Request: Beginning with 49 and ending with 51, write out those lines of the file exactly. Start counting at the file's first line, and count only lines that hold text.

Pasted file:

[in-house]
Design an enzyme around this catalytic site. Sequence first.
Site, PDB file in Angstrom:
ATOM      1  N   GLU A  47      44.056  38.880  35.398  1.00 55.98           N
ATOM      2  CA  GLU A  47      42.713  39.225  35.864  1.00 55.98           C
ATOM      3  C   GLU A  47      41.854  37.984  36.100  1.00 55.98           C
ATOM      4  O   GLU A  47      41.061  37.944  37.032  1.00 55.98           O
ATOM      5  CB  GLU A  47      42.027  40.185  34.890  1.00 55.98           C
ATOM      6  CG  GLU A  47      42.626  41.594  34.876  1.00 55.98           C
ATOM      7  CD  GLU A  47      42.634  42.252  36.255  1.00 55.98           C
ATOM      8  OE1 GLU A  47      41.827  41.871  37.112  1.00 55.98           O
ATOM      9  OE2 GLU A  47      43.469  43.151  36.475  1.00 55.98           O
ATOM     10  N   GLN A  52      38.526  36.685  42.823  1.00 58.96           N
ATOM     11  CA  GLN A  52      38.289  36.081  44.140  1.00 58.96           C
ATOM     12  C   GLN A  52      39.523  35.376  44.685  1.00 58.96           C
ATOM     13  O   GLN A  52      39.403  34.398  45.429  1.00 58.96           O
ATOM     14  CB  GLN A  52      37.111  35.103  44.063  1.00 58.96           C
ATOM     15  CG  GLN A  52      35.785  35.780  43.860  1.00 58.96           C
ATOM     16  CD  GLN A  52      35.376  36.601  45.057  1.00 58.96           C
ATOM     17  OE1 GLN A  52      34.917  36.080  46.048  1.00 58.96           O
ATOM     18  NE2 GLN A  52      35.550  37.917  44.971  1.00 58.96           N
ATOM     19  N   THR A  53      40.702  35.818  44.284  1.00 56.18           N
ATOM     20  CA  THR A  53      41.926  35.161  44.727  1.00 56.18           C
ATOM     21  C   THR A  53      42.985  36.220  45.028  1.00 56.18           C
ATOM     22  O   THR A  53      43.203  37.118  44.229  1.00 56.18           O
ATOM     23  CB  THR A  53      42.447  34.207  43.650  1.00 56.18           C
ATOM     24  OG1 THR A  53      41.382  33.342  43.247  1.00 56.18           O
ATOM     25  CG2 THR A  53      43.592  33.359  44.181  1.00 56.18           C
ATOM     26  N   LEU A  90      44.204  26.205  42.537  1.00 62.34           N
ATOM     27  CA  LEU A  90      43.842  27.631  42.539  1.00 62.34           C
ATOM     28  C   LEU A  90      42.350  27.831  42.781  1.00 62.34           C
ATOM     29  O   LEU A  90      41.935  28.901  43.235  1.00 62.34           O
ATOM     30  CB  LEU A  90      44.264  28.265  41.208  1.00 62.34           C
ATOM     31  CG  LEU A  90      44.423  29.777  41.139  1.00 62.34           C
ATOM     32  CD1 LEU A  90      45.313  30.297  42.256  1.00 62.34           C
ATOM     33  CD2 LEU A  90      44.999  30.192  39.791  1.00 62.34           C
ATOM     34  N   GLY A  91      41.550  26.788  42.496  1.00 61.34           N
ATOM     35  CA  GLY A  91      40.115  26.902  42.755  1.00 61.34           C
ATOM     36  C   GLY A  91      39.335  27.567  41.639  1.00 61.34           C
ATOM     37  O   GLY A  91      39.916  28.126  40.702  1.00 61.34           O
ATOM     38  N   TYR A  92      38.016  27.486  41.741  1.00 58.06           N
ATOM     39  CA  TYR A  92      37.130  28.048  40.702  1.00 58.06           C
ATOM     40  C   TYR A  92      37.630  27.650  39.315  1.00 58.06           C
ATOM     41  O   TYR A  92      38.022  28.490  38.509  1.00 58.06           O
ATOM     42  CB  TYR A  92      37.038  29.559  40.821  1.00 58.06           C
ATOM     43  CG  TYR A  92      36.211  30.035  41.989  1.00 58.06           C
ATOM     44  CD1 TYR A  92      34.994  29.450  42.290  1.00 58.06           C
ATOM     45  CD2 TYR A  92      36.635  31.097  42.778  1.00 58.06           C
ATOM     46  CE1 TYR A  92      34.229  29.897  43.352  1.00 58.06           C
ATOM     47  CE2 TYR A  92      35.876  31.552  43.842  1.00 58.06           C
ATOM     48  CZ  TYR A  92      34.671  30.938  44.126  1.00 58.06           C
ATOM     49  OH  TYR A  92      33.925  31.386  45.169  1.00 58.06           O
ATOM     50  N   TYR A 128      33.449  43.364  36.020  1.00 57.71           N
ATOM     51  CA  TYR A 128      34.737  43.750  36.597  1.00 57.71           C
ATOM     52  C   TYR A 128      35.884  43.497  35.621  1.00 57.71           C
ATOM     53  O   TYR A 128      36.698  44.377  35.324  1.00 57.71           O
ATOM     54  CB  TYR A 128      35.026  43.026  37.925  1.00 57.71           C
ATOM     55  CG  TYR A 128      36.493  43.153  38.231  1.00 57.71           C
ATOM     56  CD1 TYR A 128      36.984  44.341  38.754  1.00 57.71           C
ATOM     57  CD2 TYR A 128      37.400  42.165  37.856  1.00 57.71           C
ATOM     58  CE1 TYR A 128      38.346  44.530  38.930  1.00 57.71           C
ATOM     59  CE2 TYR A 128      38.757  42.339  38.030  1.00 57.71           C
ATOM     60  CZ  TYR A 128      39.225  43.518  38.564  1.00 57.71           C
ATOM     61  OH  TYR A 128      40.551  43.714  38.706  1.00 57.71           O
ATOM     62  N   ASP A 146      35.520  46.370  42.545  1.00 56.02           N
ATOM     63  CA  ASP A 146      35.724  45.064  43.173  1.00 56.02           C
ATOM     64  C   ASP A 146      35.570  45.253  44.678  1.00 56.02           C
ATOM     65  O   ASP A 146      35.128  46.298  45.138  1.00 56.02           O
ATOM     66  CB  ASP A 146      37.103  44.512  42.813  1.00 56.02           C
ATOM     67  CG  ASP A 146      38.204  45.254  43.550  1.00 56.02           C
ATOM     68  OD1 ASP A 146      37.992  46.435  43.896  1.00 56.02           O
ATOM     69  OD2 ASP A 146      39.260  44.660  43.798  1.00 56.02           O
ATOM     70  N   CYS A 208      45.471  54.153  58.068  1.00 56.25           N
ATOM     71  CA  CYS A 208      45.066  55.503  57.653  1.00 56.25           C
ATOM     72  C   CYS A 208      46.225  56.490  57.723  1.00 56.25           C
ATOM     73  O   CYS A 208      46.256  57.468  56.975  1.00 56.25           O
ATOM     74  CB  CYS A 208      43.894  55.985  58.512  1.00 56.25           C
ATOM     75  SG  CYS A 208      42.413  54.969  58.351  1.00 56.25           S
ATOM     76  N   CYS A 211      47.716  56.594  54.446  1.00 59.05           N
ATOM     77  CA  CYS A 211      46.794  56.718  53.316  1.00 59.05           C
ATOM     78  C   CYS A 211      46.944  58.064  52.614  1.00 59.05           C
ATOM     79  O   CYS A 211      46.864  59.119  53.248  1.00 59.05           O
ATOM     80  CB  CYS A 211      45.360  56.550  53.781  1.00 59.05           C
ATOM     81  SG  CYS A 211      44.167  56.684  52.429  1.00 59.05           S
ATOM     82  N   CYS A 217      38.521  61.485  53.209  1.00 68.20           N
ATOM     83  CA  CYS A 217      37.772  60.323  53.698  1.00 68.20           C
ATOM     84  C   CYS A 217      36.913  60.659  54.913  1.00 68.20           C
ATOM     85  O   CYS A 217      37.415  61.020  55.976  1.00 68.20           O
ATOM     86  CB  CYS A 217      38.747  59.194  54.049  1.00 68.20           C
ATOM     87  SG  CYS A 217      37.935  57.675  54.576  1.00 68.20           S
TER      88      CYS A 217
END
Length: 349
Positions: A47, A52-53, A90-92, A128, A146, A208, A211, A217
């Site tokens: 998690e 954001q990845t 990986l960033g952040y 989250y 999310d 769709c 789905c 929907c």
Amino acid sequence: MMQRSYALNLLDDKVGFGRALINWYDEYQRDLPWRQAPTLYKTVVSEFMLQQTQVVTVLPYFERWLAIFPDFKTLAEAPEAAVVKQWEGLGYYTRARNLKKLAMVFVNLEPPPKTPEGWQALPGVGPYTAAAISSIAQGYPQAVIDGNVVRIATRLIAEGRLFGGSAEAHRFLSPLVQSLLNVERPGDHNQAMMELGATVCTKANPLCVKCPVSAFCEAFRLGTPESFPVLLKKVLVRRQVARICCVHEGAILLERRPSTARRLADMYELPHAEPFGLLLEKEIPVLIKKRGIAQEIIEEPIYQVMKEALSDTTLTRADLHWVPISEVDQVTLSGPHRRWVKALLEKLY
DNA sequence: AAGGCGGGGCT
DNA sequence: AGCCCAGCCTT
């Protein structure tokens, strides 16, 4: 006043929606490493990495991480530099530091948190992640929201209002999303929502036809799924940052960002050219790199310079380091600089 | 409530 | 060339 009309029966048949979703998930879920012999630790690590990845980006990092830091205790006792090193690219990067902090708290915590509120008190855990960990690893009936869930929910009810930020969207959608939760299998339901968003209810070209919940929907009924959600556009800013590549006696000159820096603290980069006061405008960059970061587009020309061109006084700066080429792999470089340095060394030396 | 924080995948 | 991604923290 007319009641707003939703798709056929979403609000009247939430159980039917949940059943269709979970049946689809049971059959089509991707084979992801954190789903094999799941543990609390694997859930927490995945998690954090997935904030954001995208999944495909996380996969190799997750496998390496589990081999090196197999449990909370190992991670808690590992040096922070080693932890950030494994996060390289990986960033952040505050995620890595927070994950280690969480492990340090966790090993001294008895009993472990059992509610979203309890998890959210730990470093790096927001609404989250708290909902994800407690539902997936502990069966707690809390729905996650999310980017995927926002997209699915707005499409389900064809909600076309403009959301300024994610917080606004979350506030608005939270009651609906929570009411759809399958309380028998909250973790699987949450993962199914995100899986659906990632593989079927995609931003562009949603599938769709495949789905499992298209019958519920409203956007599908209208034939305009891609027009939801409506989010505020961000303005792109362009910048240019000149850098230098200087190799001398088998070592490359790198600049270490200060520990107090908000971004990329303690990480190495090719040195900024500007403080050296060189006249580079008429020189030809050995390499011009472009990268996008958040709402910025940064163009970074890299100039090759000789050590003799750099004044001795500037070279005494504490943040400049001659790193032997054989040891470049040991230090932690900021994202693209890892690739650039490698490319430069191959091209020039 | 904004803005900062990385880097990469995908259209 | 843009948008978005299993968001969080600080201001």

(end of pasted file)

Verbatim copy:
ATOM     46  CE1 TYR A  92      34.229  29.897  43.352  1.00 58.06           C
ATOM     47  CE2 TYR A  92      35.876  31.552  43.842  1.00 58.06           C
ATOM     48  CZ  TYR A  92      34.671  30.938  44.126  1.00 58.06           C